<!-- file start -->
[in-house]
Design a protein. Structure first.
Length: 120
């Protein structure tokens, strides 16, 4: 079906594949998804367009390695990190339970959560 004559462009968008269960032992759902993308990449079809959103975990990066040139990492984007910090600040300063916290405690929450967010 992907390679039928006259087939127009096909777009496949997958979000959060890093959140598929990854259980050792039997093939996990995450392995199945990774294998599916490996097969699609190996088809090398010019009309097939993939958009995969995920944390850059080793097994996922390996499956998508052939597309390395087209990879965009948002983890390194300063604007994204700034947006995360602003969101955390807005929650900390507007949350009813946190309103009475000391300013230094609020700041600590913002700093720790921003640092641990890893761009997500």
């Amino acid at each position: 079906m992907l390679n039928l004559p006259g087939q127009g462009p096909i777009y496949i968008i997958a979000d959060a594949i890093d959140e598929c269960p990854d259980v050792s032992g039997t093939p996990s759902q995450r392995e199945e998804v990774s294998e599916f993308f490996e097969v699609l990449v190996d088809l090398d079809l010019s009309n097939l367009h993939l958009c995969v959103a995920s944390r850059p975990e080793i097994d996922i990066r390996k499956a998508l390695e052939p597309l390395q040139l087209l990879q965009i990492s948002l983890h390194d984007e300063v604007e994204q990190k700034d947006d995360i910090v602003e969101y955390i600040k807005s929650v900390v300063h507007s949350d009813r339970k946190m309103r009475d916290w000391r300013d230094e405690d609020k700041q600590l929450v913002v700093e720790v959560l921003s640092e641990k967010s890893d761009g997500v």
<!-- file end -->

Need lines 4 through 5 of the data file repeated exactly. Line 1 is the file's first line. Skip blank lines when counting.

């Protein structure tokens, strides 16, 4: 079906594949998804367009390695990190339970959560 004559462009968008269960032992759902993308990449079809959103975990990066040139990492984007910090600040300063916290405690929450967010 992907390679039928006259087939127009096909777009496949997958979000959060890093959140598929990854259980050792039997093939996990995450392995199945990774294998599916490996097969699609190996088809090398010019009309097939993939958009995969995920944390850059080793097994996922390996499956998508052939597309390395087209990879965009948002983890390194300063604007994204700034947006995360602003969101955390807005929650900390507007949350009813946190309103009475000391300013230094609020700041600590913002700093720790921003640092641990890893761009997500």
């Amino acid at each position: 079906m992907l390679n039928l004559p006259g087939q127009g462009p096909i777009y496949i968008i997958a979000d959060a594949i890093d959140e598929c269960p990854d259980v050792s032992g039997t093939p996990s759902q995450r392995e199945e998804v990774s294998e599916f993308f490996e097969v699609l990449v190996d088809l090398d079809l010019s009309n097939l367009h993939l958009c995969v959103a995920s944390r850059p975990e080793i097994d996922i990066r390996k499956a998508l390695e052939p597309l390395q040139l087209l990879q965009i990492s948002l983890h390194d984007e300063v604007e994204q990190k700034d947006d995360i910090v602003e969101y955390i600040k807005s929650v900390v300063h507007s949350d009813r339970k946190m309103r009475d916290w000391r300013d230094e405690d609020k700041q600590l929450v913002v700093e720790v959560l921003s640092e641990k967010s890893d761009g997500v």